Inside the two to three-year-olds' room, Chris Gilmour, whose two daughters attend the nursery, ticks off one of the items on the list by making soup with his youngest child, Jessica, aged three.

Mr Gilmour, 31, a supermarket assistant manager, said of the 30 Things checklist: "It is a good challenge."

Parents like him are encouraged to regularly participate in activities and become more involved in their child's learning. Parents recently took part in a rocket-building challenge and also helped put up tepees on the grassy verges of the playground.

Ms O'Grady added: "If you're going to enable children to learn to their absolute ability, then you need to work with the whole family. You will not change things for a child if you don't.The key to change is education."

The nursery has worked for the last three years with Glasgow Caledonian University's community engagement initiative, the Caledonian Club.

The club aims to widen access to university in areas where people would not typically go on to further or higher education.

All Cloan Nursery's children now graduate in a ceremony held at the university before they start school.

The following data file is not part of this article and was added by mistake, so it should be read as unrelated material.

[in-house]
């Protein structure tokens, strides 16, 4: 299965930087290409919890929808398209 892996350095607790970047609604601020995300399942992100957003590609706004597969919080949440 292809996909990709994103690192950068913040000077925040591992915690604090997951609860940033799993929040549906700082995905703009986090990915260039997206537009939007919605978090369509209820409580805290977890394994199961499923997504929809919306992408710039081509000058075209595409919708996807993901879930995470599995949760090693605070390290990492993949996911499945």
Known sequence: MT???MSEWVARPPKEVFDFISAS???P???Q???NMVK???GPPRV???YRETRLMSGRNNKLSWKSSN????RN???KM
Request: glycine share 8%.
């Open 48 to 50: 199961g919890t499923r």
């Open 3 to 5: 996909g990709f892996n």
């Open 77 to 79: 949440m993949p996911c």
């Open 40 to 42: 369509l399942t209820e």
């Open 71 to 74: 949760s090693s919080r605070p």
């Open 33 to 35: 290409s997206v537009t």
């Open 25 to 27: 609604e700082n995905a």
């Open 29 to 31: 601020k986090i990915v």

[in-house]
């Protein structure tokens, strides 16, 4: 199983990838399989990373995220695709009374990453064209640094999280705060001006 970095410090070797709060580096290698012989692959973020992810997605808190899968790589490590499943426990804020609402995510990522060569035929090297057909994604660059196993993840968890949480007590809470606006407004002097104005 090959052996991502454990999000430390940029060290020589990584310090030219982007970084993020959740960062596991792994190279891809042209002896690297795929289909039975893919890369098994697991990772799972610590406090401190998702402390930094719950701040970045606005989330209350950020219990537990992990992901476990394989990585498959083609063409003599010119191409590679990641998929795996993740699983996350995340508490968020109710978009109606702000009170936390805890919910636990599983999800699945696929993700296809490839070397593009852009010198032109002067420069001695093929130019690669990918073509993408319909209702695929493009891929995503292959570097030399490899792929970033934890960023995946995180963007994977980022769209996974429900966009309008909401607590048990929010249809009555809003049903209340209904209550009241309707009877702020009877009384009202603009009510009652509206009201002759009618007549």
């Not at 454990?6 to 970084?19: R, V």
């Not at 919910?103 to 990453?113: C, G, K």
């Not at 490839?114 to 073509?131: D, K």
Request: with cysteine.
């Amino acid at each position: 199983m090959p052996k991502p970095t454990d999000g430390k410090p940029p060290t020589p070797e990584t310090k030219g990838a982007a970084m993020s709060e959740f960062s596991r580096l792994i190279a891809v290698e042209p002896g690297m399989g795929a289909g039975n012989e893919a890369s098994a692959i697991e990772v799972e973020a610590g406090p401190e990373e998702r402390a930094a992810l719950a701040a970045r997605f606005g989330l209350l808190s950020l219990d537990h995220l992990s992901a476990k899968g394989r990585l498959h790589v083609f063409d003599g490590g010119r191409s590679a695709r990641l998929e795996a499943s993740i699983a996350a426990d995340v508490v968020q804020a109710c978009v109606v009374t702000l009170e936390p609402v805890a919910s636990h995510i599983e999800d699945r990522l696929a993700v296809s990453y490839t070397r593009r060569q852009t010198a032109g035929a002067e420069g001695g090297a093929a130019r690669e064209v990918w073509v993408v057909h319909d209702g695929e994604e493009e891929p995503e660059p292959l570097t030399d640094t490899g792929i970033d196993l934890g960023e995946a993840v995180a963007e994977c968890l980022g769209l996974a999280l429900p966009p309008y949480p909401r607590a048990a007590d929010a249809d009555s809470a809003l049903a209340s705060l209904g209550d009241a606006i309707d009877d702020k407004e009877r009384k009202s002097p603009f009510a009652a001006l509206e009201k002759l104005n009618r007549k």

"We did a survey last year and out of 100 of our parents, only two had ever been in a university building before," said Ms O'Grady, pictured left.

"We knew if we could get the parents into the university, then that might be an aspiration they would have for their children."

Parents, meanwhile, are encouraged to sign up for refresher learning courses that can lead to vocational or academic studies in the future.

Shereen McInally is one of the parents who has signed up to the course, attending a class at Drumchapel High every week.

The 24-year-old, whose daughter Tyreece, 2, attends the nursery, said: "I want a better future – something better, anyway."

Families have also learned about food hygiene, budgeting and nutrition by attending weekly workshops at the Caledonian Club's Cook And Eat project.

The nursery itself is no oil painting. It was set on fire twice in one week in July last year. Its parents' room and library were destroyed and smoke damaged toys and equipment.

But the nursery's teachers and pupils still earned four "very good" ratings and one "good" rating from HMIe inspectors last summer.